Asymmetric Intellectual Property Rights Protection and North-South Welfare
AbstractWe construct a model of dynamic endogenous product innovation and international trade, using it to calculate the welfare effects of lower intellectual property rights (IPR) protection in the non-innovating South than in the innovating North. We find that it is generally in the North’s interest to protect its innovating sector by an import embargo on IPR-offending goods from abroad. We explain the paradoxical outcome where the North gains from weaker IPR enforcement in the South through a decomposition of the dynamic welfare formula. Key features include the ability of lower Southern IPR protection to spur innovation of Northern goods and to make available greater resources for Northern production of current consumption goods. Maintaining Northern IPR standards can be in the South’s interests even though the South would favor lower uniform levels of IPR protection.
Download InfoIf you experience problems downloading a file, check if you have the proper application to view it first. In case of further problems read the IDEAS help page. Note that these files are not on the IDEAS site. Please be patient as the files may be large.
Bibliographic InfoPaper provided by University Library of Munich, Germany in its series MPRA Paper with number 19542.
Date of creation: Sep 1997
Date of revision:
Intellectual Property Rights; Innovation; Imitation; North; South; Welfare;
Find related papers by JEL classification:
- F10 - International Economics - - Trade - - - General
Please report citation or reference errors to , or , if you are the registered author of the cited work, log in to your RePEc Author Service profile, click on "citations" and make appropriate adjustments.:
- Deardorff, Alan V, 1992. "Welfare Effects of Global Patent Protection," Economica, London School of Economics and Political Science, vol. 59(233), pages 35-51, February.
- Grossman, G.M. & Helpman, E., 1989.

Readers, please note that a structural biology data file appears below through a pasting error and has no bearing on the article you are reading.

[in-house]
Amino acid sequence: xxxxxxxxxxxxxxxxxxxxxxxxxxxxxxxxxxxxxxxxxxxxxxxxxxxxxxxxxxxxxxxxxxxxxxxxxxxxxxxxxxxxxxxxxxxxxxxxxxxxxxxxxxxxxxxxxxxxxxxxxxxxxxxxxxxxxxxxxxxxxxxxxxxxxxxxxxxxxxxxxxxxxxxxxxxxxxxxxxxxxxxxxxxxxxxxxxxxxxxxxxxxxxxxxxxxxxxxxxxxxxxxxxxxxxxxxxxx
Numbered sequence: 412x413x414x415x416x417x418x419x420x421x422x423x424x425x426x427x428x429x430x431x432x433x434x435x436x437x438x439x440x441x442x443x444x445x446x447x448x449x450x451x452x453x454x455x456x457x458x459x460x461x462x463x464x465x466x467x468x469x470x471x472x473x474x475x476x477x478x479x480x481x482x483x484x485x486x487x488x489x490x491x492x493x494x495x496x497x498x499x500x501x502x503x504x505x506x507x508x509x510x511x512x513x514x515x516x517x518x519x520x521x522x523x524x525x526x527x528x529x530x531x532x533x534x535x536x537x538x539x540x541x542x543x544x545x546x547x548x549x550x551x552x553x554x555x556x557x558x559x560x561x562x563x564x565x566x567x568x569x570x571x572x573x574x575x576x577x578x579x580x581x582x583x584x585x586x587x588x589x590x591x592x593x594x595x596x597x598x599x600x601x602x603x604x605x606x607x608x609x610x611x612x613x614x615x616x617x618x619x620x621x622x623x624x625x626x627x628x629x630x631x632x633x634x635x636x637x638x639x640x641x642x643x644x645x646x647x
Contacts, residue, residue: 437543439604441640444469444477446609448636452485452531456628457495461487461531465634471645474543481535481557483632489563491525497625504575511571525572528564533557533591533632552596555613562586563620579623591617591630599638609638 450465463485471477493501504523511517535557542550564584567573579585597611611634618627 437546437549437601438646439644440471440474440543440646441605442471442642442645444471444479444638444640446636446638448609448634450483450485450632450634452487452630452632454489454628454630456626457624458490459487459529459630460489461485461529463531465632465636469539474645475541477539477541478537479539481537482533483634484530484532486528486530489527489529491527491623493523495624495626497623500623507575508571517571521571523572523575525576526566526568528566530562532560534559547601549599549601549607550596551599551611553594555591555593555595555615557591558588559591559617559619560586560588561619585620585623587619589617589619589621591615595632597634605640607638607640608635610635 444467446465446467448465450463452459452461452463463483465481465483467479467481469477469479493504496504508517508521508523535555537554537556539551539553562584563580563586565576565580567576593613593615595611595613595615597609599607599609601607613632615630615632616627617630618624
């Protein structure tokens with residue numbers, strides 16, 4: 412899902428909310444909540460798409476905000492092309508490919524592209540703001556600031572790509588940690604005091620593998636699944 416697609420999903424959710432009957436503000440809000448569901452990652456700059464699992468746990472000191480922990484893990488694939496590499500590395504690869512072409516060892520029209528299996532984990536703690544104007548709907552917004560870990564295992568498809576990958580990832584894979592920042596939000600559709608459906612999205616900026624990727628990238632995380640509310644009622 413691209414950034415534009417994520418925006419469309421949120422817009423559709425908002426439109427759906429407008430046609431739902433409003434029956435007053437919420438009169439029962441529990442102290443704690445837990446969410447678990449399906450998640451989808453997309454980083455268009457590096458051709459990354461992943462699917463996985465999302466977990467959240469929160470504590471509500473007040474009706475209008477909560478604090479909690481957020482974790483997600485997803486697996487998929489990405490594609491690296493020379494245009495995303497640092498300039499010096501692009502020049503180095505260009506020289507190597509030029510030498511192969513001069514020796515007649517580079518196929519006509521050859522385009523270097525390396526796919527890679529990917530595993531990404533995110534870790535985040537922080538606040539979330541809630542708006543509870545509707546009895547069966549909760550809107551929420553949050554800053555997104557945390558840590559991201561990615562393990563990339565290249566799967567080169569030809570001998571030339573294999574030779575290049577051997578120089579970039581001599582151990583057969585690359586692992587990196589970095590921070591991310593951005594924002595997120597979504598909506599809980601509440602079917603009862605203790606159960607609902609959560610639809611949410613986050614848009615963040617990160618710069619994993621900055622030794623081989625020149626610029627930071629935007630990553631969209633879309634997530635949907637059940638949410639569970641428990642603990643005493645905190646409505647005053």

"Endogemour Product Cycles,"
10-89, Tel Aviv.
- Mansfield, Edwin & Schwartz, Mark & Wagner, Samuel, 1981. "Imitation Costs and Patents: An Empirical Study," Economic Journal, Royal Economic Society, vol. 91(364), pages 907-18, December.
- Edwin Mansfield, 1986. "Patents and Innovation: An Empirical Study," Management Science, INFORMS, vol. 32(2), pages 173-181, February.
- Walter G. Park & Juan Carlos Ginarte, 1997. "Intellectual Property Rights And Economic Growth," Contemporary Economic Policy, Western Economic Association International, vol. 15(3), pages 51-61, 07.
- Gould, David M. & Gruben, William C., 1996. "The role of intellectual property rights in economic growth," Journal of Development Economics, Elsevier, vol. 48(2), pages 323-350, March.
- Grossman, G.M. & Helpman, E., 1989.
"Endogenous Prduct Cycles,"
144, Princeton, Woodrow Wilson School - Public and International Affairs.
- M. Scott Taylor, 1993. "TRIPS, Trade, and Technology Transfer," Canadian Journal of Economics, Canadian Economics Association, vol. 26(3), pages 625-37, August.
- Feinberg, Robert M & Rousslang, Donald J, 1990. "The Economic Effects of Intellectual Property Right Infringements," The Journal of Business, University of Chicago Press, vol. 63(1), pages 79-90, January.
- Lin, Hwan C., 2013. "Optimal Patent Life in a Variety-Expansion Growth Model," MPRA Paper 49790, University Library of Munich, Germany.
- Lin, Hwan C. & Russo, Benjamin, 1999. "A Taxation Policy Toward Capital, Technology and Long-Run Growth," Journal of Macroeconomics, Elsevier, vol. 21(3), pages 463-491, July.
For technical questions regarding this item, or to correct its authors, title, abstract, bibliographic or download information, contact: (Ekkehart Schlicht).
If references are entirely missing, you can add them using this form.